Bond University’s Professor Tammy Hoffmann has received a Medal of the Order of Australia (OAM) for her services to clinical epidemiology and occupational therapy.
Professor Hoffmann’s research helps health professionals and patients make health decisions that are informed by evidence.
“I was very surprised to receive notification from the Governor-General’s office. I’m absolutely honoured,” she said.
“We want our research to influence policy and practice around the world so clinicians and patients can consider the research evidence when making health decisions.
“For example, some of our research has shown that patients and clinicians often overestimate how much tests and treatments help, and they can underestimate the possible harms.
“Both clinicians and patients need the information readily available and understandable so that they can have a collaborative discussion about what the options are and the benefits and harms of each option.”
Professor Hoffmann’s research spans local, national and international health sectors.
“Research jargon and medical statistics can be overwhelming, even for health professionals,” she said.
“There is a tsunami of information out there, and a lot of it is poor quality.
“A lot of my work is filtering through it to find the best quality research and then making it understandable and usable for health professionals and patients.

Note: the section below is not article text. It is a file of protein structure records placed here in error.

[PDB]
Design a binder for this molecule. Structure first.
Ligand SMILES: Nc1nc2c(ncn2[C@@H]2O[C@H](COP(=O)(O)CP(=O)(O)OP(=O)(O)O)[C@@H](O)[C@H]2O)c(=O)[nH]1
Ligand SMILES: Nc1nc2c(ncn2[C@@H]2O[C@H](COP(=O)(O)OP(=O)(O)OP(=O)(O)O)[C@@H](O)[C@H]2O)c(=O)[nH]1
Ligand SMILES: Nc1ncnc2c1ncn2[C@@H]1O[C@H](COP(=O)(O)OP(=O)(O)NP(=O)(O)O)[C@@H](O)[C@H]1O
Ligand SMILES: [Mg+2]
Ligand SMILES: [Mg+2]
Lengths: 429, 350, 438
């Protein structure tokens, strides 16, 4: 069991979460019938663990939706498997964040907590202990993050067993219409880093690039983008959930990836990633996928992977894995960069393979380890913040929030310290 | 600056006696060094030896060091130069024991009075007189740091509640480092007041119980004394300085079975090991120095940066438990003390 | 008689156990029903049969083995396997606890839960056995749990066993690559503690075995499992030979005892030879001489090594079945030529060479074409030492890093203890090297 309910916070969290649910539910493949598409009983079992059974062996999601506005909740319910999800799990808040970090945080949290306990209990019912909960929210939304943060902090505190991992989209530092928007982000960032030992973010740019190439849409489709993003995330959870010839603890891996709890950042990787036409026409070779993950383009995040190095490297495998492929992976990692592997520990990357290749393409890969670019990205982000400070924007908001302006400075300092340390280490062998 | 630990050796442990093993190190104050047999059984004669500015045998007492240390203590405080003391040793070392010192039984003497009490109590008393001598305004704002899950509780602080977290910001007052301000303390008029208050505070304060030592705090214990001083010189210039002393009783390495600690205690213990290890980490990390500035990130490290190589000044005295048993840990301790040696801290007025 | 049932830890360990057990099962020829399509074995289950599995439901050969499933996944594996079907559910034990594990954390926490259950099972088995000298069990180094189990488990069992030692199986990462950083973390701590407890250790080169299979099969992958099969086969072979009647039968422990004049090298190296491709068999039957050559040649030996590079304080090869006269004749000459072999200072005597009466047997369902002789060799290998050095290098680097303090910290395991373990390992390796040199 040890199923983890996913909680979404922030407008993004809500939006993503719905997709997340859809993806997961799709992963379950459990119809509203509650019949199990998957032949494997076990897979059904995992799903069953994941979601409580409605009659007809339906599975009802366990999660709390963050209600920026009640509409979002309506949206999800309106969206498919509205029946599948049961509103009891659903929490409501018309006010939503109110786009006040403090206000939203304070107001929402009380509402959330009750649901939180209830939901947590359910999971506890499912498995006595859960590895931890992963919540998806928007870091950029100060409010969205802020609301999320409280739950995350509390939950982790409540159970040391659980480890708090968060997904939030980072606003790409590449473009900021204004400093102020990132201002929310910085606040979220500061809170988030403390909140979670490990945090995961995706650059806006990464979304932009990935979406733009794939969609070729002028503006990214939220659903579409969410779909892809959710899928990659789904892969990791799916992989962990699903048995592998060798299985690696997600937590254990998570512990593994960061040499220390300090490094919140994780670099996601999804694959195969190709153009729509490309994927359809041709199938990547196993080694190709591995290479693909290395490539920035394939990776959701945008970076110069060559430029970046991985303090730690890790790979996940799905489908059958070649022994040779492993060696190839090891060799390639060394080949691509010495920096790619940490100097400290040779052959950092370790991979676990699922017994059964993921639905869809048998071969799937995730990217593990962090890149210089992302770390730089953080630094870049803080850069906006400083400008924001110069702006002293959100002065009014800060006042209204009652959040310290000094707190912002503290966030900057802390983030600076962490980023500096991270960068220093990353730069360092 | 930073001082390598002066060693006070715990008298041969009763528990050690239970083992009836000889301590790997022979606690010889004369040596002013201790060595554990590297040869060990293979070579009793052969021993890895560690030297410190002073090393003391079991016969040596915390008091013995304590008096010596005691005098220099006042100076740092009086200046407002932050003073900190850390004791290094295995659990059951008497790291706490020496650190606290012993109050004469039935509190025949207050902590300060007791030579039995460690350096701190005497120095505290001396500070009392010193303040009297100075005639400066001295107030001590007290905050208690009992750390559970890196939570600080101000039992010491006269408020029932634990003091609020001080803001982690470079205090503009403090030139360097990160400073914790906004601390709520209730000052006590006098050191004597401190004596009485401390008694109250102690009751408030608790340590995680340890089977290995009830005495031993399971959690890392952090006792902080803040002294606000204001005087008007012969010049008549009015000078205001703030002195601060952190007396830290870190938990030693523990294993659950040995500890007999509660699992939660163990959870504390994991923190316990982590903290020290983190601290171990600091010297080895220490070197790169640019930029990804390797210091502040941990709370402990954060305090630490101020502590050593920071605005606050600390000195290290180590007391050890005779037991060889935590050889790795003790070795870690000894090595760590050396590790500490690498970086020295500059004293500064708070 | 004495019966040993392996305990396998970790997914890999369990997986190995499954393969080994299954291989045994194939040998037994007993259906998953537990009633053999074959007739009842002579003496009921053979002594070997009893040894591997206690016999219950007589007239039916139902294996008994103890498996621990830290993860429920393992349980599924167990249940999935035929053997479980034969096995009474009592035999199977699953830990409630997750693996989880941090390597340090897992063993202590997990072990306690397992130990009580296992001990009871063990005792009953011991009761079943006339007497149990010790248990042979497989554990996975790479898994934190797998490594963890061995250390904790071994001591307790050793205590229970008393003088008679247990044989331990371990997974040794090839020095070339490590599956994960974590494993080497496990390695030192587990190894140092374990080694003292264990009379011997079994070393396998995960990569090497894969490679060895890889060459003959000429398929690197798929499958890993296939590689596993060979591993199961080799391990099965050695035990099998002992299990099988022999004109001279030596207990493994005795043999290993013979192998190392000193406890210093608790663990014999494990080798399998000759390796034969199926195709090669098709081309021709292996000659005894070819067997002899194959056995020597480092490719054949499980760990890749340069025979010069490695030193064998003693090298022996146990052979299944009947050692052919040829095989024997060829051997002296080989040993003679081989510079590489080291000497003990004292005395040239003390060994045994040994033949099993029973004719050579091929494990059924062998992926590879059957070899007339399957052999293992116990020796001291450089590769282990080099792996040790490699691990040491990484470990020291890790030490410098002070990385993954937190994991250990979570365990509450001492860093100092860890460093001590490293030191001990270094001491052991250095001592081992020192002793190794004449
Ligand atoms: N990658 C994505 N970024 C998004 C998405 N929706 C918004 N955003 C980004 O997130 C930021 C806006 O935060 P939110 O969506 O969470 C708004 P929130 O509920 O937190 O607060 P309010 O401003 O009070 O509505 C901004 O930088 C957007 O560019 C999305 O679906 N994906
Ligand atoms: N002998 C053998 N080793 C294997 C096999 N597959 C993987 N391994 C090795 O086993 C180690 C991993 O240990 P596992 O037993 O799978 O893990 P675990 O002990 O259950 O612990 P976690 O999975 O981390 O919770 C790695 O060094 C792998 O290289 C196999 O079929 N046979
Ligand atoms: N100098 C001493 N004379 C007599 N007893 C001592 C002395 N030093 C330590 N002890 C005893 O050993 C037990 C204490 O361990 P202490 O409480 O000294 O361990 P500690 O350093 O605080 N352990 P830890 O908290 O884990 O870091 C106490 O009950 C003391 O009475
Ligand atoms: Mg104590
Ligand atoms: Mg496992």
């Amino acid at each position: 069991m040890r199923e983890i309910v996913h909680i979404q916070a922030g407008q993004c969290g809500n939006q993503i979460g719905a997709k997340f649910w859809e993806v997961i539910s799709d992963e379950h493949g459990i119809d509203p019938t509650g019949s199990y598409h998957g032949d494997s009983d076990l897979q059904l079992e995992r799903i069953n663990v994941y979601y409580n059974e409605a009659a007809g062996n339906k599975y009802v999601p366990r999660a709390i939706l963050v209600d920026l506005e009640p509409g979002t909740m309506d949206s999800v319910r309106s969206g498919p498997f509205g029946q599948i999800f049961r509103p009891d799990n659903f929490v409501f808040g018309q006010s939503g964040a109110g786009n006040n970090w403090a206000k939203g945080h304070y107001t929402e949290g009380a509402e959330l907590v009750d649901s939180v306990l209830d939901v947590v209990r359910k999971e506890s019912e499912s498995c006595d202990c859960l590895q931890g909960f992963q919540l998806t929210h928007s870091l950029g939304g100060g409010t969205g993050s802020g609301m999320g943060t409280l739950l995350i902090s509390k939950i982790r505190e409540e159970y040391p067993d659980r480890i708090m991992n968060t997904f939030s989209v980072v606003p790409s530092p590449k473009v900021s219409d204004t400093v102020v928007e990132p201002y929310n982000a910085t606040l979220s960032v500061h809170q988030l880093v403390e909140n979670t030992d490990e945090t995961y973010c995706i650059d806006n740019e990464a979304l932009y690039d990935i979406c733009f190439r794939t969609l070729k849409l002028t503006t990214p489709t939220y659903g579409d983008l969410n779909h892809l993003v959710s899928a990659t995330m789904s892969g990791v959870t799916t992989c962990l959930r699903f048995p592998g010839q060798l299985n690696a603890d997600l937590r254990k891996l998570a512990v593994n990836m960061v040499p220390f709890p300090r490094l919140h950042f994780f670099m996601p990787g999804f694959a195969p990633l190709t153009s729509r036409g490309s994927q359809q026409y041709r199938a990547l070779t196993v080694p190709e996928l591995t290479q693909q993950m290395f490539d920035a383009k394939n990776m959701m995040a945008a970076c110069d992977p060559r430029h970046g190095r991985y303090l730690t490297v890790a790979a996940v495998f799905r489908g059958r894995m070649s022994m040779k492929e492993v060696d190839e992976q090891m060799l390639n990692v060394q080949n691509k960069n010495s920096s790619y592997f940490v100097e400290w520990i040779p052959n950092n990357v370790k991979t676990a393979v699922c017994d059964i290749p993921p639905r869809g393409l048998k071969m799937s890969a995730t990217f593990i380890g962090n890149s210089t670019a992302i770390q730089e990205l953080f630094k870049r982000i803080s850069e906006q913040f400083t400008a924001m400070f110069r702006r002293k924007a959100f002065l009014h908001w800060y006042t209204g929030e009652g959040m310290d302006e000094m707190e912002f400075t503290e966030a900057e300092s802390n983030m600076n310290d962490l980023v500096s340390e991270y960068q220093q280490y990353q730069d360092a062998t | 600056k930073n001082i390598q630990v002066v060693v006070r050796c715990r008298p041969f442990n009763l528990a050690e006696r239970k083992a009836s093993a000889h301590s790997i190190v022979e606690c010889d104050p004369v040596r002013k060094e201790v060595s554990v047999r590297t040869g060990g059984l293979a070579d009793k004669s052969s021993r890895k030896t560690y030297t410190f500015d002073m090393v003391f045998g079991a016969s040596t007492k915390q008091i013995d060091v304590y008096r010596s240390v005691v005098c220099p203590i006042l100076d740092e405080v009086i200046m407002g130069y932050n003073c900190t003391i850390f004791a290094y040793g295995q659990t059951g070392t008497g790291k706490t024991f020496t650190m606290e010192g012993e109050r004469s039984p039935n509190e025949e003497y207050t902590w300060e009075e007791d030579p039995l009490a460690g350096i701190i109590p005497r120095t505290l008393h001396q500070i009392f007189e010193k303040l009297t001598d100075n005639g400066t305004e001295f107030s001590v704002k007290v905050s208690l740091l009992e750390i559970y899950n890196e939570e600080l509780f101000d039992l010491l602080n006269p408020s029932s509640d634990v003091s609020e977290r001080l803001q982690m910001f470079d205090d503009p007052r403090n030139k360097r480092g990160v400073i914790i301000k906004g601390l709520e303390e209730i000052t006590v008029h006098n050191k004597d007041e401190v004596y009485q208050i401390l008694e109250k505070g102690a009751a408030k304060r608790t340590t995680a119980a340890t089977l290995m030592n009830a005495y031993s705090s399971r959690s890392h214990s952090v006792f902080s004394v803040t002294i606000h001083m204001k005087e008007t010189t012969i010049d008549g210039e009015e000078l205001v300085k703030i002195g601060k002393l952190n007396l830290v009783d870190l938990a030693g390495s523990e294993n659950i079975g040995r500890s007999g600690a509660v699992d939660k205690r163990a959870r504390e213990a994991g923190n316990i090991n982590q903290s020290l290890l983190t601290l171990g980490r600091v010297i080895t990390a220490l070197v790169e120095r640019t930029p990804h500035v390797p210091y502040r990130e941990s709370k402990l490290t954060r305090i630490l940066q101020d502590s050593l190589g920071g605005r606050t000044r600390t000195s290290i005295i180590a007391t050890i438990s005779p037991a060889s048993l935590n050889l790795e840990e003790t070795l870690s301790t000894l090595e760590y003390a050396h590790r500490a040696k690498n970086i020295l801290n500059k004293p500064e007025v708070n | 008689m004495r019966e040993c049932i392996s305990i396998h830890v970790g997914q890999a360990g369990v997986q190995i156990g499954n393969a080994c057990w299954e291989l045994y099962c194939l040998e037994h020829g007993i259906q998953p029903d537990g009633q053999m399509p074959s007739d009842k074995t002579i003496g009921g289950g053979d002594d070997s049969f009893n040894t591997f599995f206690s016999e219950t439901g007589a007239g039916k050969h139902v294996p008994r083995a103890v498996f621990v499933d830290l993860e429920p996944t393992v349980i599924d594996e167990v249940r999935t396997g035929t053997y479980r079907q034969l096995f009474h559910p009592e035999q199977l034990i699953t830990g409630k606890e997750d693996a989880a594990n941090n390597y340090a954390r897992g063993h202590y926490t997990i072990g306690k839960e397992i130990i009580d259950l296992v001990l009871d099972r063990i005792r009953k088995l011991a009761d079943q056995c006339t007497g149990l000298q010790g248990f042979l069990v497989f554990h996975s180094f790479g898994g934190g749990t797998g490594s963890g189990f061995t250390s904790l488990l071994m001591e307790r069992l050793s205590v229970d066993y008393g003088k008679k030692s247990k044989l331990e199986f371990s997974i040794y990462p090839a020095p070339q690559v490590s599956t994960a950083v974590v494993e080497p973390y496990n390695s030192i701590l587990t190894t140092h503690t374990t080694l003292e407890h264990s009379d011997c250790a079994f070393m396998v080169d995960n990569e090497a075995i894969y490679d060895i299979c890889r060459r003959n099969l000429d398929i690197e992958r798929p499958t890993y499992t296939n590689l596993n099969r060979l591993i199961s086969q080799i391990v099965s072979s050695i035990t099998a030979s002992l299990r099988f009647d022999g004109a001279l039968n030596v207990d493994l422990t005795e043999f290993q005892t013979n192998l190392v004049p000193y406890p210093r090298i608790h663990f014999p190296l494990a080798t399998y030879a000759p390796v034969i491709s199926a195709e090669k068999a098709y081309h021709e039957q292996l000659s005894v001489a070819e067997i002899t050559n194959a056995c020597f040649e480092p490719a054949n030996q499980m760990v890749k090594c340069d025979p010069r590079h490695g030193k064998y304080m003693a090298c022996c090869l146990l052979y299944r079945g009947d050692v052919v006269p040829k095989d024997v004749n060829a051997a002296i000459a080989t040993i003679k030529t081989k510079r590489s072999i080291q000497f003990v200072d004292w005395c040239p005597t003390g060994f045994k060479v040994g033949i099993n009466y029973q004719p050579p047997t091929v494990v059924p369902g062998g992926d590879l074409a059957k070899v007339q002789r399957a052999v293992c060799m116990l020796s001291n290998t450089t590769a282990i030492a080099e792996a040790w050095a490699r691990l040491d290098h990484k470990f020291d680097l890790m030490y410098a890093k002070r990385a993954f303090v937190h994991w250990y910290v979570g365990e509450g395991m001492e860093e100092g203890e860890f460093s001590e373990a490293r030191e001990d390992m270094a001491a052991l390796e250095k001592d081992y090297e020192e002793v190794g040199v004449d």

“COVID-19 has illustrated the problem well -- there is so much misinformation out there.
“Equipping health professionals, policymakers, patients, and the public with the skills and tools to sort fact from fiction is critical.”
Professor Hoffmann holds a Senior Research Fellowship from the National Health and Medical Research Council, is a Fellow of the Occupational Therapy Australia Research Academy and a Fellow of the Australian Academy of Health and Medical Sciences.
The University also has a link to the Young Australian of the Year, Isobel Marshall.
Ms Marshall is the founder of TABOO, a social enterprise business that sells sanitary products, with all net profits helping to ensure women around the world have access to sustainable sanitary care and education.
She was inspired to found TABOO after attending a leadership conference at Bond University in 2016.